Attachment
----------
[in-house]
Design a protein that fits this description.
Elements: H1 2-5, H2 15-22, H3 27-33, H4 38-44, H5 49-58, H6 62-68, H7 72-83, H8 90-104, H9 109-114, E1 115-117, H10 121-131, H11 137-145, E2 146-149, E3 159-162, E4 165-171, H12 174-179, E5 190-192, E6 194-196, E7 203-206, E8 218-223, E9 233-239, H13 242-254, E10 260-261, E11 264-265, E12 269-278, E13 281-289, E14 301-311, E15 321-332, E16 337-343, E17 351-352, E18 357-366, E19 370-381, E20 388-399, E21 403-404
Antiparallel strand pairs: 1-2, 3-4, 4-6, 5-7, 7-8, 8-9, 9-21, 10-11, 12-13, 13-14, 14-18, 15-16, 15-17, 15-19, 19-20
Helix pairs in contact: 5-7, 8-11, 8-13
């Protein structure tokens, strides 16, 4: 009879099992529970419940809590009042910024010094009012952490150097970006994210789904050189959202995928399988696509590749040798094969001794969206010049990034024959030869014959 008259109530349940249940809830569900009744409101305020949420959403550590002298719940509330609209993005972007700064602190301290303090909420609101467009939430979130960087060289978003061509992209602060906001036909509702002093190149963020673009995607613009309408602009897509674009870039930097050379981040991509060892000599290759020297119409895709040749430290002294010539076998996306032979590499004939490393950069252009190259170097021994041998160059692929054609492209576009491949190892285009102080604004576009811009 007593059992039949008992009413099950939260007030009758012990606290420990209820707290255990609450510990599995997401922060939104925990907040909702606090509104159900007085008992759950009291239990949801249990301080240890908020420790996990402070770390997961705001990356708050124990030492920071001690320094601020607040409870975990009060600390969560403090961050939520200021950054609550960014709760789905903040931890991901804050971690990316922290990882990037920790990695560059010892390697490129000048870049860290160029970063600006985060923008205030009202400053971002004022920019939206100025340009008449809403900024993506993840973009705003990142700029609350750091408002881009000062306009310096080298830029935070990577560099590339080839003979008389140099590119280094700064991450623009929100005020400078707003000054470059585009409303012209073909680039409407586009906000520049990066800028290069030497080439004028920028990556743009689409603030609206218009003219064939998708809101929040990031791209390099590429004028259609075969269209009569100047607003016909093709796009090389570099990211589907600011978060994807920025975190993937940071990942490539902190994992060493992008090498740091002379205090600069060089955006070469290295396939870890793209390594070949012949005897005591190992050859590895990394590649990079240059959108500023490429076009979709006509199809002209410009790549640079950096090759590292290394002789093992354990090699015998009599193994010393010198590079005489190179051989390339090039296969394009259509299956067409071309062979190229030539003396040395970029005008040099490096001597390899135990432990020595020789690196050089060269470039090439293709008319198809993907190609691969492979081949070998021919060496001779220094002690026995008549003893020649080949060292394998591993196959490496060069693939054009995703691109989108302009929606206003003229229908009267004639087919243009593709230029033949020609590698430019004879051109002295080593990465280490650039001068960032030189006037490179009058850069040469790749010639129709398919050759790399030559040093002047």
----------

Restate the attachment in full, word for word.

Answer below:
[in-house]
Design a protein that fits this description.
Elements: H1 2-5, H2 15-22, H3 27-33, H4 38-44, H5 49-58, H6 62-68, H7 72-83, H8 90-104, H9 109-114, E1 115-117, H10 121-131, H11 137-145, E2 146-149, E3 159-162, E4 165-171, H12 174-179, E5 190-192, E6 194-196, E7 203-206, E8 218-223, E9 233-239, H13 242-254, E10 260-261, E11 264-265, E12 269-278, E13 281-289, E14 301-311, E15 321-332, E16 337-343, E17 351-352, E18 357-366, E19 370-381, E20 388-399, E21 403-404
Antiparallel strand pairs: 1-2, 3-4, 4-6, 5-7, 7-8, 8-9, 9-21, 10-11, 12-13, 13-14, 14-18, 15-16, 15-17, 15-19, 19-20
Helix pairs in contact: 5-7, 8-11, 8-13
């Protein structure tokens, strides 16, 4: 009879099992529970419940809590009042910024010094009012952490150097970006994210789904050189959202995928399988696509590749040798094969001794969206010049990034024959030869014959 008259109530349940249940809830569900009744409101305020949420959403550590002298719940509330609209993005972007700064602190301290303090909420609101467009939430979130960087060289978003061509992209602060906001036909509702002093190149963020673009995607613009309408602009897509674009870039930097050379981040991509060892000599290759020297119409895709040749430290002294010539076998996306032979590499004939490393950069252009190259170097021994041998160059692929054609492209576009491949190892285009102080604004576009811009 007593059992039949008992009413099950939260007030009758012990606290420990209820707290255990609450510990599995997401922060939104925990907040909702606090509104159900007085008992759950009291239990949801249990301080240890908020420790996990402070770390997961705001990356708050124990030492920071001690320094601020607040409870975990009060600390969560403090961050939520200021950054609550960014709760789905903040931890991901804050971690990316922290990882990037920790990695560059010892390697490129000048870049860290160029970063600006985060923008205030009202400053971002004022920019939206100025340009008449809403900024993506993840973009705003990142700029609350750091408002881009000062306009310096080298830029935070990577560099590339080839003979008389140099590119280094700064991450623009929100005020400078707003000054470059585009409303012209073909680039409407586009906000520049990066800028290069030497080439004028920028990556743009689409603030609206218009003219064939998708809101929040990031791209390099590429004028259609075969269209009569100047607003016909093709796009090389570099990211589907600011978060994807920025975190993937940071990942490539902190994992060493992008090498740091002379205090600069060089955006070469290295396939870890793209390594070949012949005897005591190992050859590895990394590649990079240059959108500023490429076009979709006509199809002209410009790549640079950096090759590292290394002789093992354990090699015998009599193994010393010198590079005489190179051989390339090039296969394009259509299956067409071309062979190229030539003396040395970029005008040099490096001597390899135990432990020595020789690196050089060269470039090439293709008319198809993907190609691969492979081949070998021919060496001779220094002690026995008549003893020649080949060292394998591993196959490496060069693939054009995703691109989108302009929606206003003229229908009267004639087919243009593709230029033949020609590698430019004879051109002295080593990465280490650039001068960032030189006037490179009058850069040469790749010639129709398919050759790399030559040093002047």